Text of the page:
When I go out and look at what I’ve done, I get such a deep
sense of satisfaction from this backaching labor that I can’t

imagine a year without going through all that pain again.
~David Budbill, “Loading the Woodshed” from Tumbling toward the End.

Long-johns top and bottom, heavy socks, flannel shirt, overalls,
steel-toed work boots, sweater, canvas coat, toque, mittens: on.


Out past grape arbor and garden shed, into the woods.
Sun just coming through the trees. There really is such a thing


as Homer’s rosy-fingered dawn. And here it is, this morning.
Down hill, across brook, up hill, and into the stand of white pine


and red maple where I’m cutting firewood. Open up workbox,
take out chain saw, gas, bar oil, kneel down, gas up saw, add

bar oil to the reservoir, stand up, mittens off, strap on and buckle
chaps from waist to toe, hard hat helmet: on. Ear protectors: down,

face screen: down, push in compression release, pull out choke,
pull on starter cord, once, twice, go. Stall. Pull out choke, pull on


starter cord, once, twice, go. Push in choke. Mittens: back on.
Cloud of two-cycle exhaust smoke wafting into the morning air


and I, looking like a medieval Japanese warrior, wade through
blue smoke, knee-deep snow, revving the chain saw as I go,


headed for that doomed, unknowing maple tree.
~David Budbill”Into the Winter Woods”, from Happy Life

The other day, I was visiting with a recently widowed neighbor who is now well into her 70’s. She said she had finished loading her woodshed and was now ready for winter, dependent on wood stove heat over the next 6 months or so. She is someone who takes her independence seriously after her husband died, having lived in the same house for over fifty years – not at all ready to move into town to an apartment or condo, much less assisted living. She assists herself, thank you very much, even if it means climbing a step ladder to overhead-toss the firewood chunks onto the top row, and later to pull them down again to haul into the house to the stove.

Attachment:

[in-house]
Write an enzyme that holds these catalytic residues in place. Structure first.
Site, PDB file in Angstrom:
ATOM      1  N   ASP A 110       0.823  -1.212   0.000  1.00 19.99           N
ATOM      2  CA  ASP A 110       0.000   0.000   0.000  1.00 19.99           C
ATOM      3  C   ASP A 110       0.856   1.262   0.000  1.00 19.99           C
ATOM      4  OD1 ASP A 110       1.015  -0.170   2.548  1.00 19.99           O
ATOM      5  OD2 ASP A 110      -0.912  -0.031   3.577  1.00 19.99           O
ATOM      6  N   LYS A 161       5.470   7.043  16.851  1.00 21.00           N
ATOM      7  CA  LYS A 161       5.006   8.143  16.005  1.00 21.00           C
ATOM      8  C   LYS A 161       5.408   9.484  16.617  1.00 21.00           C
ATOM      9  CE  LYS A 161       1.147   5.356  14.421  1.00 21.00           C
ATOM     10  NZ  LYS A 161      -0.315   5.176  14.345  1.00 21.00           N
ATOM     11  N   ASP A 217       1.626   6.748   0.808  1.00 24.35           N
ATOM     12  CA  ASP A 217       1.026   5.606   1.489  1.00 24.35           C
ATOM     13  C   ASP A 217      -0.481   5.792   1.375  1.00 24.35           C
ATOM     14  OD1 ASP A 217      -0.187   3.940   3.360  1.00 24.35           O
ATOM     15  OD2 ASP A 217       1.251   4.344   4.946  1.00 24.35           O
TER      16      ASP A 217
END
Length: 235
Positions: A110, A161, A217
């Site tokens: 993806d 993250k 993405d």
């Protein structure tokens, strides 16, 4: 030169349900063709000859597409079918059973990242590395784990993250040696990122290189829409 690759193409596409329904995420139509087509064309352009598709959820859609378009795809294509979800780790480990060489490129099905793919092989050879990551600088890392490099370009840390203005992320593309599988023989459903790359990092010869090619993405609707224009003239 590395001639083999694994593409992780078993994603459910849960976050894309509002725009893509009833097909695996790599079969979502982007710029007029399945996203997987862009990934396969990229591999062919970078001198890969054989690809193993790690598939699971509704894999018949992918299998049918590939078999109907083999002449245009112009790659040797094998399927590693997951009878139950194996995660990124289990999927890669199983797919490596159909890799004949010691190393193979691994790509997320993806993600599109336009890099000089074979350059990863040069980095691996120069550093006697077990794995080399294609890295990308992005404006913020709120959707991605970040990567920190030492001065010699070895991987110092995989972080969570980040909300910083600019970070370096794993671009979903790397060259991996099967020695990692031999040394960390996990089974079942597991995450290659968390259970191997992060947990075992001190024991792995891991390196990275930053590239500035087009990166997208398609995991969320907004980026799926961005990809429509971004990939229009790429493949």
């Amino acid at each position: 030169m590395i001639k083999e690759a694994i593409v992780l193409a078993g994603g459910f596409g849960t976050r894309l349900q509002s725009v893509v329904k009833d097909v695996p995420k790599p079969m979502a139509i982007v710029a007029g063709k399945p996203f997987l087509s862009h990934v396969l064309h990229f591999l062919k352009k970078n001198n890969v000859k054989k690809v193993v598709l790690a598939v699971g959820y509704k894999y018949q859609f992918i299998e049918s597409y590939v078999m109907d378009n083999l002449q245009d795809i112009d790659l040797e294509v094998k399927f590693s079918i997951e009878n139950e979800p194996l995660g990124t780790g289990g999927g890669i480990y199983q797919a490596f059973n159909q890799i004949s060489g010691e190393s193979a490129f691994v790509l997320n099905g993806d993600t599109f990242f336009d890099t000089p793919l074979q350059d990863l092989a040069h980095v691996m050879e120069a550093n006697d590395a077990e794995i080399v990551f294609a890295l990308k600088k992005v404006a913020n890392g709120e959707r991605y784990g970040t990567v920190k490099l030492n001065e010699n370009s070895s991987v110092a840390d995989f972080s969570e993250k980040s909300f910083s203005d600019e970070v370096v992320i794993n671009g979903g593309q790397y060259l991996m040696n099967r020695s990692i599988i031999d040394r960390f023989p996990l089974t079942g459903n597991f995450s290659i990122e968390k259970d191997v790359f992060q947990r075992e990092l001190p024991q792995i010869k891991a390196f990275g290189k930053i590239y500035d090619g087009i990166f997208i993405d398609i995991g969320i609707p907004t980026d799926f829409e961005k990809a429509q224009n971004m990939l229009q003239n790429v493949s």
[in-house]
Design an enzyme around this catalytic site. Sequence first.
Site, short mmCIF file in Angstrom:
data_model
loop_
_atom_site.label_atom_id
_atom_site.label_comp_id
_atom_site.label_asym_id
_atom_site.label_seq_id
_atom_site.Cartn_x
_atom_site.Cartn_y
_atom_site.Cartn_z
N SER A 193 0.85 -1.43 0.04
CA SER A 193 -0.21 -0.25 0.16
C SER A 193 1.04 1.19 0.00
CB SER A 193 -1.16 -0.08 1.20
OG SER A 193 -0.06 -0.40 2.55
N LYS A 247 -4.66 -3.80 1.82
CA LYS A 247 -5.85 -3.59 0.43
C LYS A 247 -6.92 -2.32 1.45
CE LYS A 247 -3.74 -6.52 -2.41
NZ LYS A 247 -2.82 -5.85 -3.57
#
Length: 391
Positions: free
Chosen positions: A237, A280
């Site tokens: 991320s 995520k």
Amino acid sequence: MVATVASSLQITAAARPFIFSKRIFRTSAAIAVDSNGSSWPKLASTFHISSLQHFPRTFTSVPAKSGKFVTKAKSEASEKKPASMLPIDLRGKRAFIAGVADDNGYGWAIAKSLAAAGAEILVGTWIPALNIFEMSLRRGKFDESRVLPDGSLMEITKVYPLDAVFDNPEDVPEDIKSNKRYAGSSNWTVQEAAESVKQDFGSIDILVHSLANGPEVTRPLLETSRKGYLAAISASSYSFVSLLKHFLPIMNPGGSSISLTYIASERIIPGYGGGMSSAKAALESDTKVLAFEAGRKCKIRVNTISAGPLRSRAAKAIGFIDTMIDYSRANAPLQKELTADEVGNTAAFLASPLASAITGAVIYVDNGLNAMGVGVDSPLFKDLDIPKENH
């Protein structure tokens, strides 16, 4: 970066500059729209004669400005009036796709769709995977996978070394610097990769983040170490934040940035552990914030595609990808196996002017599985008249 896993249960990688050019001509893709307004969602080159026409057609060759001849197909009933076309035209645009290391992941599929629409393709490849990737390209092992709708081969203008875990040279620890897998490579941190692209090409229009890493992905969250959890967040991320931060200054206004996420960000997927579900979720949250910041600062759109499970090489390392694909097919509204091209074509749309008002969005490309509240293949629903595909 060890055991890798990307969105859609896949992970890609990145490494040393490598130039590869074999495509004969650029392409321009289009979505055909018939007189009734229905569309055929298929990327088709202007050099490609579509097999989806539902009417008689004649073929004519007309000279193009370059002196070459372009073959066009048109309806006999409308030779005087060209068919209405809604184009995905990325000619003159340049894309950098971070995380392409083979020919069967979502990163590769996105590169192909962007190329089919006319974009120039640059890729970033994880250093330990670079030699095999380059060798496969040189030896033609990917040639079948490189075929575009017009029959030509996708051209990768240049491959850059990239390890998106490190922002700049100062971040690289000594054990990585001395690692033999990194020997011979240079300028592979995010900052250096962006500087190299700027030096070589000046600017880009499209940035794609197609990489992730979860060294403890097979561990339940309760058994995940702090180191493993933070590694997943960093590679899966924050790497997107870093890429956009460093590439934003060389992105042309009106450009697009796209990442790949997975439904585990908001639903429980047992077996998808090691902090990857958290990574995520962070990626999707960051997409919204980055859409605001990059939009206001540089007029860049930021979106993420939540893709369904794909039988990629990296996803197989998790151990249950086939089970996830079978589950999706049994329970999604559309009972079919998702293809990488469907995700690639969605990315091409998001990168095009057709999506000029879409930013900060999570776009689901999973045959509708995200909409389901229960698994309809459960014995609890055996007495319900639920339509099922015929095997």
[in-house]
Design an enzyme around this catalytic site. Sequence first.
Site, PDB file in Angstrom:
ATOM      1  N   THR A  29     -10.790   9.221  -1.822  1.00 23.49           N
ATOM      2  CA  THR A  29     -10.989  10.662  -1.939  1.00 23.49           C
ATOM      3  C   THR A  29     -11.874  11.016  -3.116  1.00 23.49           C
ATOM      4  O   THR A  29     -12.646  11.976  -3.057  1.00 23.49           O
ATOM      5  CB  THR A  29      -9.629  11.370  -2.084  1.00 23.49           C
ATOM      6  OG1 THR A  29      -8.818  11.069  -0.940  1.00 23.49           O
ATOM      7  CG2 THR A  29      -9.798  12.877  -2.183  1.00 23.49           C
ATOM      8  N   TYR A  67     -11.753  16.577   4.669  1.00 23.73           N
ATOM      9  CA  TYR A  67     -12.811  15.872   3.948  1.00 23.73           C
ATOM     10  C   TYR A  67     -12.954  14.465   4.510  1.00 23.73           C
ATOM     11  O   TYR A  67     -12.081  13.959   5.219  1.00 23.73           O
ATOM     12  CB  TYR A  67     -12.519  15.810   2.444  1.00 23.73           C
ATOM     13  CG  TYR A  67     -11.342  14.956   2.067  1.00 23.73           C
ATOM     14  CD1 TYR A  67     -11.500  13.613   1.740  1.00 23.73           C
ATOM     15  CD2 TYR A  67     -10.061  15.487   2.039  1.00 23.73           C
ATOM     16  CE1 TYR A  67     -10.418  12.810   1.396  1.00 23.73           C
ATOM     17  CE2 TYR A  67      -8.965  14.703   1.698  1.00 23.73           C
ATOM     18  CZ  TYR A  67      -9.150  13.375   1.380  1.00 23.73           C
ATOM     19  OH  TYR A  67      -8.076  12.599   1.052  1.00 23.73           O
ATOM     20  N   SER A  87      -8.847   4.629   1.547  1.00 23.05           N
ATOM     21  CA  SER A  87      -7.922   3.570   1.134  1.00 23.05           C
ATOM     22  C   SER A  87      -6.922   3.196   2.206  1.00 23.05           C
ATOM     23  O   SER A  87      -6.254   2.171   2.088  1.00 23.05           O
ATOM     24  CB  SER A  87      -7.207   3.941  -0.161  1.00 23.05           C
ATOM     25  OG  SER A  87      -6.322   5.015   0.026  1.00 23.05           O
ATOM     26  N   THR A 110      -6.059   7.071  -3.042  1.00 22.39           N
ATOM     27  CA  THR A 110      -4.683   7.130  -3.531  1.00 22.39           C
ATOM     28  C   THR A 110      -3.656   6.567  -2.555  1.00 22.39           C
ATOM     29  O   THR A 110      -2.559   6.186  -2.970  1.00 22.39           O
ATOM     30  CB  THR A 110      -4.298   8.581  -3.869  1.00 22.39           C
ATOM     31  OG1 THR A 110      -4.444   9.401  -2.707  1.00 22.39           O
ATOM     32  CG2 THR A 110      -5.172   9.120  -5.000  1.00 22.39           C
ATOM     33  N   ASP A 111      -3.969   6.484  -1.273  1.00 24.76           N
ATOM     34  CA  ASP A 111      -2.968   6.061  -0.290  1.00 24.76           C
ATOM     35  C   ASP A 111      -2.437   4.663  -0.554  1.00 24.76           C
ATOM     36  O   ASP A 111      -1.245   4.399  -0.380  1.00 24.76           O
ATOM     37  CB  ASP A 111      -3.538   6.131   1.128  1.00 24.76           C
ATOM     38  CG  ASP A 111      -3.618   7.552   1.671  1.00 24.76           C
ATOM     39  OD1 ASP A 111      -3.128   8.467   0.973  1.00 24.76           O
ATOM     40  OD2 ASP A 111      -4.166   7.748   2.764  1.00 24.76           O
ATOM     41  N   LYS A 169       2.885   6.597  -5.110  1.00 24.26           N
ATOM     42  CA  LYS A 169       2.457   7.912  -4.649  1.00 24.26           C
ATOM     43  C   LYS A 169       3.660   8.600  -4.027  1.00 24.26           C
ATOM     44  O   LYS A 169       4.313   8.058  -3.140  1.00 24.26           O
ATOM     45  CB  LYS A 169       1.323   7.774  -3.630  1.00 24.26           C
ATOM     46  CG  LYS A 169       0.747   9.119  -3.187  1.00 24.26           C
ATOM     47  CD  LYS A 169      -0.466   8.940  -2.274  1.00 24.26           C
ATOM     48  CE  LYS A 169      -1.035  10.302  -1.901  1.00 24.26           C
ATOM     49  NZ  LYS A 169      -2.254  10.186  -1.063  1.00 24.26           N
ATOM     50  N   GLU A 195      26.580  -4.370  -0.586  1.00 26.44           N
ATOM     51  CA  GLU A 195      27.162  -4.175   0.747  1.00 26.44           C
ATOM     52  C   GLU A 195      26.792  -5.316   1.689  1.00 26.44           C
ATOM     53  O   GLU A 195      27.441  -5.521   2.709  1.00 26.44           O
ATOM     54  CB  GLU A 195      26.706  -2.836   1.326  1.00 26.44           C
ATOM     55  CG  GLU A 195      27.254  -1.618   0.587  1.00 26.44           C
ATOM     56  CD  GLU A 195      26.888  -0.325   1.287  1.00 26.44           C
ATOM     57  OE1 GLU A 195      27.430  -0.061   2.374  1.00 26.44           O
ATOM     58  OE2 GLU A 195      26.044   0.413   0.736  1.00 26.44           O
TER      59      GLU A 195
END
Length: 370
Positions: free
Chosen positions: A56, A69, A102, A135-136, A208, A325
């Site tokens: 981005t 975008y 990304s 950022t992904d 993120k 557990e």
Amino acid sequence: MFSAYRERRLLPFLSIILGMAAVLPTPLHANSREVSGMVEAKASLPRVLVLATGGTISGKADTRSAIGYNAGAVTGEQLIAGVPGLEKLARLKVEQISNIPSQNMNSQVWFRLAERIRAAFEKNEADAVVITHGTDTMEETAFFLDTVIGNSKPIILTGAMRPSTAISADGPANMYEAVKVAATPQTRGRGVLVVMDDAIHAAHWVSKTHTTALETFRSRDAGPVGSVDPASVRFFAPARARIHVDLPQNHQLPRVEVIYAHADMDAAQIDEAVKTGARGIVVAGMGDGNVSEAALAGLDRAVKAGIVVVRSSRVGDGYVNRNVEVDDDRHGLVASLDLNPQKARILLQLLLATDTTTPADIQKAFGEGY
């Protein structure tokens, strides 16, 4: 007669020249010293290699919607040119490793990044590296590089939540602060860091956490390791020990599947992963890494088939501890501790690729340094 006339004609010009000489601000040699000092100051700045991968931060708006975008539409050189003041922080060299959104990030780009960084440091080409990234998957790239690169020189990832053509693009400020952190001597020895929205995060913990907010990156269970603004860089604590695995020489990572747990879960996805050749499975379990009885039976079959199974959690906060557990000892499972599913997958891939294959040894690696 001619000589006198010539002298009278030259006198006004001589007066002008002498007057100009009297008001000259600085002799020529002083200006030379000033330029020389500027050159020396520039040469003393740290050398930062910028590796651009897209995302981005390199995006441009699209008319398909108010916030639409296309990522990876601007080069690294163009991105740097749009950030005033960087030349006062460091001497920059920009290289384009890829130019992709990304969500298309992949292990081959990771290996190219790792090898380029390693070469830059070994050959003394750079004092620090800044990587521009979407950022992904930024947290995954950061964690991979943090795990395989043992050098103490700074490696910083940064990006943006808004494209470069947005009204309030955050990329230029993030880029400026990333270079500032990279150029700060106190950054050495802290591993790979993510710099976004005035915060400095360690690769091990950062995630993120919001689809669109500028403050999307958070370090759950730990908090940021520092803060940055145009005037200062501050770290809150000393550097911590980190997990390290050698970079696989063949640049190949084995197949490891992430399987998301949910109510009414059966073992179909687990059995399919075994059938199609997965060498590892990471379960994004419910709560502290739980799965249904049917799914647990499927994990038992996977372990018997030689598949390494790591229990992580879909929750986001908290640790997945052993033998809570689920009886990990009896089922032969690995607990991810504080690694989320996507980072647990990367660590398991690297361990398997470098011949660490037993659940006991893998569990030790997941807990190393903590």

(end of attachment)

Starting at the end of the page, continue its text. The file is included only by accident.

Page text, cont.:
I asked her why she continued to do such hard physical work when she has sons who live nearby as well as the means to hire help if she needed it. She also could choose to install a furnace, making it easier to stay warm.

She told me she likes to look at the stack every day when she does her farmyard chores, which include bringing in her day’s worth of wood. It gives her a deep sense of satisfaction to know that she was able to neatly stack several cords of wood under cover for yet another year, just as she has done year after year after year. It is a reminder of what she is capable of doing on her own, now that she is alone.

It makes her feel good to look at the fruit of her labor.

And that, of course, is reason enough to keep doing a hard thing. We each work at living out our days the best we can despite how painful they can be. We are blessed to be able to do it.

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To Recover the Lost

The songs of small birds fade away
into the bushes after sundown,
the air dry, sweet with goldenrod.
Beside the path, suddenly, bright asters
flare in the dusk. The aged voices
of a few crickets thread the silence.
It is a quiet I love, though my life
too often drives me through it deaf.
Busy with costs and losses, I waste
the time I have to be here—a time
blessed beyond my deserts, as I know,
if only I would keep aware. The leaves
rest in the air, perfectly still.
I would like them to rest in my mind
as still, as simply spaced. As I approach,
the sorrel filly looks up from her grazing,
poised there, light on the slope
as a young apple tree. A week ago
I took her away to sell, and failed
to get my price, and brought her home
again. Now in the quiet I stand
and look at her a long time, glad
to have recovered what is lost
in the exchange of something for money.
~Wendell Berry “The Sorrel Filly”

I am reminded at the end of a week
of dark and wet and cold
with chores not done yet,
and horses waiting to be fed,
of the value of decades of moments spent